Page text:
The outcome of Sri Lankan education system: Quality or quantity? | Daily FT

 Weightage of the bag is something related to ‘quantity’ which we need to revisit while improving the ‘quality’ 

– Pic by Shehan Gunasekara 


Now we are witnessing the worst economic crisis in Sri Lanka with all the hardships for common people. As per my reading, all we can see are only the ‘symptoms’ of the ‘real problem’ and underlying causes need to be investigated. In this scenario, I observe the ‘education system in Sri Lanka’ as part of this ‘real problem’. 

As we know, with the blessings of ‘free education’ by Dr. Kannanagara, Sri Lanka has advanced in education in the past. You can explain this with a better literacy rate as one indicator. Unfortunately, the education system has not changed for years aligning with the requirement of society. I have seen certain experts discuss different best practices in education in countries such as Sweden in many forums in Sri Lanka but no real impact on the system itself. We have witnessed many negative outcomes (in terms of deteriorating the quality of people in society, ranking of education in Sri Lanka) by questioning the ‘quality education in Sri Lanka’. In this article, I am going to discuss one facet of this ‘real problem’ and which is related to the ‘size of the schoolbag’ which I consider part and parcel of this problem.

In Sri Lanka, we can observe a student weighing 25 kilos bringing a schoolbag of 10 kilos! I consider this as one measurement to indicate the disaster of our education system. Most of the children coming under the category of grades six to 10 have around 10 subjects per day questioning whether Sri Lankan educationists have done the justice for our next generation (which we need to discuss in a separate article). 

In India, the Ministry of Human Resource Development (HRD) prescribed a weight limit of schoolbags for each class last year. Accordingly, the weight of schoolbags for students of classes one and two should not exceed 1.5 kg, while the schoolbag of students of classes three to five should weigh between 2 kg to 3 kg. The schoolbag of students in classes six and seven should not be more than 4 kg, while the weight of schoolbags of classes eight and nine students should not be above 4.5 kg. The schoolbag of a class 10 student should not weigh above 5 kg. Even in Peshawar, Pakistan the elementary and secondary education department has decided that the schoolbag’s weight will not be more than 15% of the student’s.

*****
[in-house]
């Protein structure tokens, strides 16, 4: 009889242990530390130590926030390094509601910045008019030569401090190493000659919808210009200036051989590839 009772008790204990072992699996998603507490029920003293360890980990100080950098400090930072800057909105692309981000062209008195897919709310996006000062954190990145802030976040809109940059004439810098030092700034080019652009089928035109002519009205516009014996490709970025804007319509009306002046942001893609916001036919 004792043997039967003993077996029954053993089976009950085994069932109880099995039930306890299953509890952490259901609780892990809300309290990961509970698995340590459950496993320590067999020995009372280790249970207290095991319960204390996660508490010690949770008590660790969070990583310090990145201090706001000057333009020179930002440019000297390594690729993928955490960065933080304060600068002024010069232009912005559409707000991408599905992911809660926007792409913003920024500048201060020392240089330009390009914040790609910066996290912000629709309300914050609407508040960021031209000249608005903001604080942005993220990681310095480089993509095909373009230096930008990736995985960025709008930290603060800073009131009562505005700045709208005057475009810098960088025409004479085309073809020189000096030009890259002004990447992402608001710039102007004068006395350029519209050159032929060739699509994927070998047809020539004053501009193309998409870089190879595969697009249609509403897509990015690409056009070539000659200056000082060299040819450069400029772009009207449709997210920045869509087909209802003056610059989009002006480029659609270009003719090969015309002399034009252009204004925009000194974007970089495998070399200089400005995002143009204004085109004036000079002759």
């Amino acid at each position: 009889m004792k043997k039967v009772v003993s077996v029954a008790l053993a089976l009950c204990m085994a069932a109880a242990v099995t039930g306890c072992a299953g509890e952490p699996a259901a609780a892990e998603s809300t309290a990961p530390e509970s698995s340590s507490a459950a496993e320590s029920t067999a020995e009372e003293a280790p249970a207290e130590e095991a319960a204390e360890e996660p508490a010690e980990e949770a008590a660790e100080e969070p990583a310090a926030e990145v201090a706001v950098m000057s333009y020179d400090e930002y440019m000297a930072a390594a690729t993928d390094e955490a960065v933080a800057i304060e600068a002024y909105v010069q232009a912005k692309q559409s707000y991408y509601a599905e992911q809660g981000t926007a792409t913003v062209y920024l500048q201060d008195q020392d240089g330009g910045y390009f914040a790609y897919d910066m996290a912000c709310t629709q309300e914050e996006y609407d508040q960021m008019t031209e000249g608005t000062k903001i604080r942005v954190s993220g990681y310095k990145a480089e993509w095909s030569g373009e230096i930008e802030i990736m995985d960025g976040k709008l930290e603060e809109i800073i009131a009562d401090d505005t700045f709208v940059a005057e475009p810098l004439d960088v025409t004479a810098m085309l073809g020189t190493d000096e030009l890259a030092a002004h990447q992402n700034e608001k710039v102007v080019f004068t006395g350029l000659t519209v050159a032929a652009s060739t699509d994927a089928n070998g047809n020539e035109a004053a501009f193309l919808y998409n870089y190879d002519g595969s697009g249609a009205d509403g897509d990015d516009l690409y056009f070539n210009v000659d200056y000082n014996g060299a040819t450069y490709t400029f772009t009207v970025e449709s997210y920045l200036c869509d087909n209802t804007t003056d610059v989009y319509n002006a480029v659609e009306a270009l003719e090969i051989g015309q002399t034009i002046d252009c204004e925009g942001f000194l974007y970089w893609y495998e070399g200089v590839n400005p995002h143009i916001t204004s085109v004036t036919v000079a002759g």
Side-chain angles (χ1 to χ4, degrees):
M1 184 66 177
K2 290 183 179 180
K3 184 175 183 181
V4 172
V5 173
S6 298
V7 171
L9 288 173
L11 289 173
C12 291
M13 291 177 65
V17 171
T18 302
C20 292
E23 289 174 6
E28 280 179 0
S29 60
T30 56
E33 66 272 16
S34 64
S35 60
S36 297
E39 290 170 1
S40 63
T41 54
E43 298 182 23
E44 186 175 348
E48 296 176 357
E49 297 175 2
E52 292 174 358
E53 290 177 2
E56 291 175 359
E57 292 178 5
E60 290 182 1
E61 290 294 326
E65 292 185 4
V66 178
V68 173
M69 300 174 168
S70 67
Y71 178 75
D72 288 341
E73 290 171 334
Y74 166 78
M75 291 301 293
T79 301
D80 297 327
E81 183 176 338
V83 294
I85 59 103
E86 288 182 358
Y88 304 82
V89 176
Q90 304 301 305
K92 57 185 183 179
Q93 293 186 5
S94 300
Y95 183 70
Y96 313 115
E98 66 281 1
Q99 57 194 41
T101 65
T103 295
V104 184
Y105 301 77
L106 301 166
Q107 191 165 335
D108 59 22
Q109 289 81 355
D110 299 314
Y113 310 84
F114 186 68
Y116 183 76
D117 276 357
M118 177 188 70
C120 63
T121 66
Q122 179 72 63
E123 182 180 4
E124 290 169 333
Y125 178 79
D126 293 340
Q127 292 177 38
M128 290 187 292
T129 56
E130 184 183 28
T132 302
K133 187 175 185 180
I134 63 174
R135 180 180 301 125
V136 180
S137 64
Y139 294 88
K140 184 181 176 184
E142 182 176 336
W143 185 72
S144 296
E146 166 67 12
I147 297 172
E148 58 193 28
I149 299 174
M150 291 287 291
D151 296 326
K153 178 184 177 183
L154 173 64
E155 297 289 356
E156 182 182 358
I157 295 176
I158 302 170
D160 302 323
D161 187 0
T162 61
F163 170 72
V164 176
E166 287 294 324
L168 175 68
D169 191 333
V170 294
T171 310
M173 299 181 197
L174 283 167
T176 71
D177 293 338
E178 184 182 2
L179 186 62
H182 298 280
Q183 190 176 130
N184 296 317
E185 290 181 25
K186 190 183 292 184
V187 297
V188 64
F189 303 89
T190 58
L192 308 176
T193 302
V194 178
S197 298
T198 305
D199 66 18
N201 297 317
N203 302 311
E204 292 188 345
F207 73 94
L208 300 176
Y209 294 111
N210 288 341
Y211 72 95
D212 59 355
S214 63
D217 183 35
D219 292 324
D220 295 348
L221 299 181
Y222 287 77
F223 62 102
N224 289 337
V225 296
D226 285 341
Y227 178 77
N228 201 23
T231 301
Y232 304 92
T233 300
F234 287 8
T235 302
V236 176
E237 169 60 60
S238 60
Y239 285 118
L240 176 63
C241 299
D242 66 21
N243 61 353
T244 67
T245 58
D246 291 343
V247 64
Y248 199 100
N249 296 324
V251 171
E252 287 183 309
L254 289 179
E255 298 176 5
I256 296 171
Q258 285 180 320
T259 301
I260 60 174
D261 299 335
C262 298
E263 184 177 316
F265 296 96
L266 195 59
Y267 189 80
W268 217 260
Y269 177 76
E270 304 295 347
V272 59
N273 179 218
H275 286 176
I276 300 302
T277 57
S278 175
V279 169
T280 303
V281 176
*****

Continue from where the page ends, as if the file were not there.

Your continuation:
It can be observed that a grade seven student in Sri Lanka is bringing more than 200% of the stipulated weight limit which would lead to many ergonomic problems. A report by the US Consumer Product Safety Commission published that over 22,000 students suffer back pain-related injuries in the year 2013 (Khan, 2018). The majority of them carry as much as 25% of their body weight. 

A study in Al-Ahsa, Saudi Arabia, reveals that 1,860 (around 73%) of the students among 2,567 students carry bags that weigh more than 15% of their body weight and back pain was reported by 42% of the students. In India, the burden of satchels, as estimated in some of the Telangana districts, weighs about 6 to 12 kg at the primary level and 12 to 17 kg at the high school level (Khan, 2018). In Sri Lanka, it can be suggested to have a proper study on this to investigate the gravity of the problem with a weight limit of schoolbags.

There is a grave need for a revisit of the education system in Sri Lanka in terms of many aspects. But in this article, I would like to emphasise ‘the quantity vs. quality’ of the education system of the country. Weightage of the bag is something related to ‘quantity’ which we need to revisit while improving the ‘quality’. As I mentioned earlier this is one of the symptoms of the ‘real problem’ we are facing in the country and authorities should take this seriously as a matter of priority. 

(The writer is a Professor in Management Studies, Faculty of Management Studies, The Open University of Sri Lanka. You can reach him on nalinabeyseekra@gmail.com.)